Herein lies the service that Joseph Frankovic has rendered to us: a bold underscoring of God’s unflagging and fierce desire to forgive. Jesus (whose name in Hebrew means “salvation”) occupies himself with saving, healing, and forgiving people. A principle feature of his messianic task is calling people (and even society at large) to a radical redirecting of their lives toward our merciful Heavenly Father.

Fr. Richard Thomas
The Lord’s Ranch
Vado, New Mexico
January 2000

Repentance: God Inhales

Turn thou us unto thee, O Lord, and we shall be turned; renew our days as of old. Blessed are thou, O Lord, who delightest in repentance.[1]

This benediction comes from a version of a Jewish prayer older than the one that appears in contemporary prayer books. Blessing God as one who delights in repentance has rich theological implications. Nevertheless, this blessing runs the risk of inaccuracy by understating God’s reaction to repentance. He not only delights in it but displays peculiar patterns of behavior when under its influence.

Rabbi Jose once said: “God has declared, ‘make for me an opening as the eye of a needle; and I will make for you an opening through which armies of soldiers with heavy equipment can enter.’”[2]

Preserved as a comment on Song of Songs 5:2, Rabbi Jose’s words underscore God’s sensitivity to repentance. The slightest indication of it rouses God to action. He stands ready to assist the penitent offender. God acts like the stereotypical salesman: once he gets his toe in the door, he works it until the door is finally wide open.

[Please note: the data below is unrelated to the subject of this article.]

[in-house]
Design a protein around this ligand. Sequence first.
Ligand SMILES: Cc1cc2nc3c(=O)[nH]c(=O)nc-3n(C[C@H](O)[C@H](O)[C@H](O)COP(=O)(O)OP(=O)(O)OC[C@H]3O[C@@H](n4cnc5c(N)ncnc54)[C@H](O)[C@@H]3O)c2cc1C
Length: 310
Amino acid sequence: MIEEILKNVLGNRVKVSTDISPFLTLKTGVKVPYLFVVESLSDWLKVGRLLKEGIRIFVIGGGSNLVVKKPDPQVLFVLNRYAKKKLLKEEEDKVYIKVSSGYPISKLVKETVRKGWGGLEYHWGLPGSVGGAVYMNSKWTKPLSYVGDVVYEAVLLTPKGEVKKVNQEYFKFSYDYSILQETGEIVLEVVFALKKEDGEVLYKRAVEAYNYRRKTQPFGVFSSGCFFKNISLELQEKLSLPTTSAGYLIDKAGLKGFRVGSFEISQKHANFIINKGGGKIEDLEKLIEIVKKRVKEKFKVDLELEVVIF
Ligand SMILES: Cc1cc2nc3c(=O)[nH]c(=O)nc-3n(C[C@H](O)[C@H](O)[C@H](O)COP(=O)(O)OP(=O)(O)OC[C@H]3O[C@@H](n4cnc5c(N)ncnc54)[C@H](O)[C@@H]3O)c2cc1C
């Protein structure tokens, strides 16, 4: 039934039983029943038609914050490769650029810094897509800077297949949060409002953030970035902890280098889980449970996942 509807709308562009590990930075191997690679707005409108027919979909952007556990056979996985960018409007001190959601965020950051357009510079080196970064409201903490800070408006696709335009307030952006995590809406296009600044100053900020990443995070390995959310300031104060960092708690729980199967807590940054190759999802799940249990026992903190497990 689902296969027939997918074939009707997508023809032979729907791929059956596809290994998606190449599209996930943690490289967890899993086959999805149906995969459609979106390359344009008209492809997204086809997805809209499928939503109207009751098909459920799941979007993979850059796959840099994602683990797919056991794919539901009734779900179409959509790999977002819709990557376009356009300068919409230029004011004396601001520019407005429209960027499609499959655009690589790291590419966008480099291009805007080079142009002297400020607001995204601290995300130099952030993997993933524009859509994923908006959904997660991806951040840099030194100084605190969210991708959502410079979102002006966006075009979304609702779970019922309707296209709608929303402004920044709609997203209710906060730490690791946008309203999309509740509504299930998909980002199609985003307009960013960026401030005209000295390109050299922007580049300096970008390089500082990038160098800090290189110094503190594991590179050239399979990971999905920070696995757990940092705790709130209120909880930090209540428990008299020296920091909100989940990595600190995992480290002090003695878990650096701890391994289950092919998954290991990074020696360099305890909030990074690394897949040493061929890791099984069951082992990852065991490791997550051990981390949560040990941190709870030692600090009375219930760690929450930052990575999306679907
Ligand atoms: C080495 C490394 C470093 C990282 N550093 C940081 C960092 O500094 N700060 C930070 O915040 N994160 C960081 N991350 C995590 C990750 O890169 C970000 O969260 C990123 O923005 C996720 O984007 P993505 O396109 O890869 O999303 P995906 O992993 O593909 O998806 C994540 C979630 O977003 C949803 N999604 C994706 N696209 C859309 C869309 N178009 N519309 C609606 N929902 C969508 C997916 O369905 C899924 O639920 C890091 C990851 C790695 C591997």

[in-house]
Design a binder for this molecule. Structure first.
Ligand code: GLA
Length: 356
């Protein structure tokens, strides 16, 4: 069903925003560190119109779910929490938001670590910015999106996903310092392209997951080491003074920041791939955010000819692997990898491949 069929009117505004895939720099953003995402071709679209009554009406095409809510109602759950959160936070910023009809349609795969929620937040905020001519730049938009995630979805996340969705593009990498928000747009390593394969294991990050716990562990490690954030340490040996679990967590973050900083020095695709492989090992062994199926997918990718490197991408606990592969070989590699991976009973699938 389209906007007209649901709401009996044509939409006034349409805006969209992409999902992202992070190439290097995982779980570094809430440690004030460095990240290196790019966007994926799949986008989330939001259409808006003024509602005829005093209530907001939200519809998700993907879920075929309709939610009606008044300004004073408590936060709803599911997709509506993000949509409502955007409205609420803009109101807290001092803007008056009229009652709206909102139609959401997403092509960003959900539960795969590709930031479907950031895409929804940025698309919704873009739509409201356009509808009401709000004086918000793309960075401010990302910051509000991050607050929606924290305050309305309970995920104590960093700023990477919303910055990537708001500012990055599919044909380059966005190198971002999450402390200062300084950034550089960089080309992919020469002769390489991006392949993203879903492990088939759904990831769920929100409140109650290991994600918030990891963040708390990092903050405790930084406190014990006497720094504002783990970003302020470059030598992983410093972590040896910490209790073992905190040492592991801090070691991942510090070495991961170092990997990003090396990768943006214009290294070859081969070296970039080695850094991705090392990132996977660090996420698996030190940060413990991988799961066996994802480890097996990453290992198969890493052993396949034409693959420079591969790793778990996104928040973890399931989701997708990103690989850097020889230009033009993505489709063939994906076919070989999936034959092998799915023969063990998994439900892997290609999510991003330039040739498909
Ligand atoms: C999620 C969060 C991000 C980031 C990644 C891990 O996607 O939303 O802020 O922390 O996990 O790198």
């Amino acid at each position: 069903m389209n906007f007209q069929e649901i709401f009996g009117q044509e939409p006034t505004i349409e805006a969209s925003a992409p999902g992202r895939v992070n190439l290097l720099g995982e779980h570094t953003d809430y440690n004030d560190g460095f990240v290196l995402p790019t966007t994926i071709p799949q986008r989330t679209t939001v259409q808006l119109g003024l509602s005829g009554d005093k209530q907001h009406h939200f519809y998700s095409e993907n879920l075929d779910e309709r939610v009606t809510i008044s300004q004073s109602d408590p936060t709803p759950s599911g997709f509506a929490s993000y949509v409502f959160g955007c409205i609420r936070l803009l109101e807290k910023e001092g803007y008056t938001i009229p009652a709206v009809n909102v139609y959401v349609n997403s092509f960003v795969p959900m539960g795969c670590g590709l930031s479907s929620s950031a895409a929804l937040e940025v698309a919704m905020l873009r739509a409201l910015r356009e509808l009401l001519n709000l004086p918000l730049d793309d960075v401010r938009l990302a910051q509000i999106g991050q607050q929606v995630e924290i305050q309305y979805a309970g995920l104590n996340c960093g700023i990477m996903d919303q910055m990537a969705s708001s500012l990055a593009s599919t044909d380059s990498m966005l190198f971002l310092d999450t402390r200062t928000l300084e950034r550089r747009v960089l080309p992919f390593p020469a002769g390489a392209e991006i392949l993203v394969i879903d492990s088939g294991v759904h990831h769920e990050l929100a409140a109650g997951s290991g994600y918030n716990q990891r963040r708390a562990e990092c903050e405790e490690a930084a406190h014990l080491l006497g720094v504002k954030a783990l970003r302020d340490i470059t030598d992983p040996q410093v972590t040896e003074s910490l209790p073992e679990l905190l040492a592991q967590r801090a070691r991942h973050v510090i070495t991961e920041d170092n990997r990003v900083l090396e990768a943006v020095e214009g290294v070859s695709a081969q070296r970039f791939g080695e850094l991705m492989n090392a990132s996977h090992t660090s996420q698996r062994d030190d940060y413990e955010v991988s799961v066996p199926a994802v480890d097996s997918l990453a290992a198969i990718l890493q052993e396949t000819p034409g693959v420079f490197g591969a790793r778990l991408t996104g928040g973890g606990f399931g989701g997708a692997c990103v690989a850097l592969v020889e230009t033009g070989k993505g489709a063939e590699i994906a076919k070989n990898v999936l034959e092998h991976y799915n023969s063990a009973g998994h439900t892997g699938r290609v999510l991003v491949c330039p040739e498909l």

Psalms 32:10 offers a consoling message with which many Christians can identify: “Many are the sorrows of the wicked; but he who trusts in the Lord, loving-kindness shall surround him.”

This verse requires no explanation for the reader to grasp its literal meaning. The psalmist merely described two different types of people, the wicked who deserve punishment, and those who trust in the Lord. The ones trusting in the Lord benefit from his loving-kindness surrounding them.

Image courtesy of Wikimedia Commons.

After the time of Ezra and Nehemiah, a new group emerged to join the ranks of Israel’s biblical tripartite leadership model of priests, prophets, and kings. The new group constituted the sages (or in Hebrew, the hachamim). As champions of innovation and reform, these learned men played a lead role in the transformation and advancement of Judaism during the Second Temple Period. Before the destruction of the temple in 70 C.E., many sages were Pharisees, and after the temple’s demise, many contributed to the formation of rabbinic Judaism.

When reading the Bible, they realized that before them lay a very old text. They also realized that they lived in a changing world. To prevent theological ossification and to infuse Judaism with new vigor, they pioneered and developed a method of reading Scripture called midrash.[3]

One way to illustrate the midrashic process is to visualize the man at the carnival who sells long colorful balloons. Imagine a verse of Scripture as being one of those colorful balloons; and the carnival vendor bending and squeezing and twisting and knotting it to the point of bursting. After bending, squeezing, twisting, and knotting, he presents us with a delightful animal or flower. The carnival man sees greater potential than first meets the eye, and by manipulating the balloon, he entertains and surprises us. In a way, this resembles what the sages did with the biblical text. Believing that the Bible contained unlimited potential, they bent and squeezed the text through the process of midrash until it yielded a gem that at first had been imperceptible. One parable in rabbinic literature[4] suggests that when God gave the Children of Israel his Torah, he entrusted them with raw material rather than a finished product—an idea quite foreign to a modern Protestant view of Scripture.